Bush Regenerator Tips: Planning a Successful Project

Proper planning is essential to the success of any bush regeneration endeavour. The following tips will help you plan and execute your regeneration campaign successfully:

1. Using contractors

If you will engage contractors, ensure that the persons you choose have recognised experience in environmental weed control, revegetation, bush regeneration and/or fencing. Alternatively, you can approach your local council to get their list of contractors. Source for quotes from a number of contractors with similar expertise before selecting.

2. Fencing

Fencing is important to prevent livestock from accessing and destroying remnant indigenous vegetation, revegetation seedbeds, waterways and wetlands. Ensure you have made adequate provisions for the estimate length, cost and type of fencing that will be installed. Your project map should clearly outline the area to be fenced off, especially for your application to the local council.

Wildlife-friendly fencing is preferred which means using plain wire on the highest and lowest fencing strands. Speak to conservation experts to find out exactly what wildlife-friendly fencing means in your locality.

When fencing along waterways, put your fences along high banks if possible, which reduces the risk of damage during flooding. For longevity, consider permanent fencing. Do not install electric fences in areas that experience frequent flooding.

3. Livestock crossings and watering points

Your project plan should include provisions for prevention or mitigation of soil erosion along the waterway. Existing and proposed fences should be used to control livestock access to the waterways for the duration of the project. Ensure that you obtain licenses/permits from the relevant government departments to allow for waterway barrier and in-stream modification activities.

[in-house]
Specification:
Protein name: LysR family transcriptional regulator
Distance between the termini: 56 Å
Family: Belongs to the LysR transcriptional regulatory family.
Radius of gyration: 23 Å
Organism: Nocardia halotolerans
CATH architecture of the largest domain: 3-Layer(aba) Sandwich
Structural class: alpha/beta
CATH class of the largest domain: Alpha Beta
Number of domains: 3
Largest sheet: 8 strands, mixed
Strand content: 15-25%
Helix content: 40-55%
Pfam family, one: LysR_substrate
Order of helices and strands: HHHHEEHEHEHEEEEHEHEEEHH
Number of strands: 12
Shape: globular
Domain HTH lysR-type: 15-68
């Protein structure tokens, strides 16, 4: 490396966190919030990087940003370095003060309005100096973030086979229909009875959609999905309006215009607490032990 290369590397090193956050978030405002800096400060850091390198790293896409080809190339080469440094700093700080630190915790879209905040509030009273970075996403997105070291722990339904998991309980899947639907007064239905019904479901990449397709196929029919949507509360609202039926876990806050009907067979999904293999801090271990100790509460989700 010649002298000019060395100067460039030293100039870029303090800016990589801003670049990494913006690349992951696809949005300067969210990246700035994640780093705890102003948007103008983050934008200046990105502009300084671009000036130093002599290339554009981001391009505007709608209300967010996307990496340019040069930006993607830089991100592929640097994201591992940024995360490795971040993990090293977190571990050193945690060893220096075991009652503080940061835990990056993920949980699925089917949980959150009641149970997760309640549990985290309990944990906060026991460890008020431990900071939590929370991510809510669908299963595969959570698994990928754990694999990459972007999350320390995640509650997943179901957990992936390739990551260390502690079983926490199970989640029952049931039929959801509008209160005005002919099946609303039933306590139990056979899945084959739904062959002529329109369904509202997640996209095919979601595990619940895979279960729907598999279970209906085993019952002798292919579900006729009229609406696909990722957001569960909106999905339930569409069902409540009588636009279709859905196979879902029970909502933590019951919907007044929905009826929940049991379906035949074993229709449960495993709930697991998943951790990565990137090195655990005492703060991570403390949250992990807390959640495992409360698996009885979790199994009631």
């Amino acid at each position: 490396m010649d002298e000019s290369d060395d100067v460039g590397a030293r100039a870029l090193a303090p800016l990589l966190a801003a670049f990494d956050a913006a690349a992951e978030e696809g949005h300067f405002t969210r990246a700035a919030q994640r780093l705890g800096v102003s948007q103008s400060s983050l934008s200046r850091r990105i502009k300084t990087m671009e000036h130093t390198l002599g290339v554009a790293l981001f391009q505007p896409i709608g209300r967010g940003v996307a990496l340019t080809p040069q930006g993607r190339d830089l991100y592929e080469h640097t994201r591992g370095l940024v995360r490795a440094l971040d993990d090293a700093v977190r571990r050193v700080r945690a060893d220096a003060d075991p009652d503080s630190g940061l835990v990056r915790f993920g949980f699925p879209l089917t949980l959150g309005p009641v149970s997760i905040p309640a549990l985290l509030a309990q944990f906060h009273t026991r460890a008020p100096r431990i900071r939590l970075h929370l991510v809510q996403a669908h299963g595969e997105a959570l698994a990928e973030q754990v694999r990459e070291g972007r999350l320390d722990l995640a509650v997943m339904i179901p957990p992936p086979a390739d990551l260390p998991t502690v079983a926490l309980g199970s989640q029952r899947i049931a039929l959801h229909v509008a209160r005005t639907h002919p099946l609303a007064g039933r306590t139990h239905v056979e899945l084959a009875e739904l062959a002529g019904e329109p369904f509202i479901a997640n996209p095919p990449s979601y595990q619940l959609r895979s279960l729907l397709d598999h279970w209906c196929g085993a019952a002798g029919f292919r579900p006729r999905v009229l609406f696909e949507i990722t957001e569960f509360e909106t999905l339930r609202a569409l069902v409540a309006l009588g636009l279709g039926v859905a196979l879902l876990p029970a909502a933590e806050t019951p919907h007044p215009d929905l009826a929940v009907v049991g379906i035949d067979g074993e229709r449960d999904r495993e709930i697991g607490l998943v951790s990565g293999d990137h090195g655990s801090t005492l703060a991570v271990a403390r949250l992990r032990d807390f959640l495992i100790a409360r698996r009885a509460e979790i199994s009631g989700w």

4. Bush regeneration and environmental weed control

Use suitable control techniques according to the area being remediated; seek help from your local Conservation Partnerships Office (CPO). At the site visit, the CPO can recommend apt methods for environmental weed control. If you're going to use herbicides, research to find which herbicides are recommended/allowed for your area.

Your application to the Council should include the main weed types you will control, as well as the exact location where you will be undertaking this. Your weed control efforts should be for purposes of degraded area rehabilitation or remnant vegetation protection.

5. Revegetation

Only use indigenous plants to revegetate degraded areas. Your plants should be about the size of tubestock, but you can get exceptions for plants that cannot be obtained in that size – again, the CPO's input in developing your species list is invaluable.

Revegetation project details must be planned down to a tee, since timings are every important – ensure your schedules match the weather conditions of that time and other pertinent factors. Consider elements like seasonal rainfall, flooding, frost, availability of recommended tubestock and contractor schedules.

Contact a local professional, such as EcoHort Pty Ltd, for more information.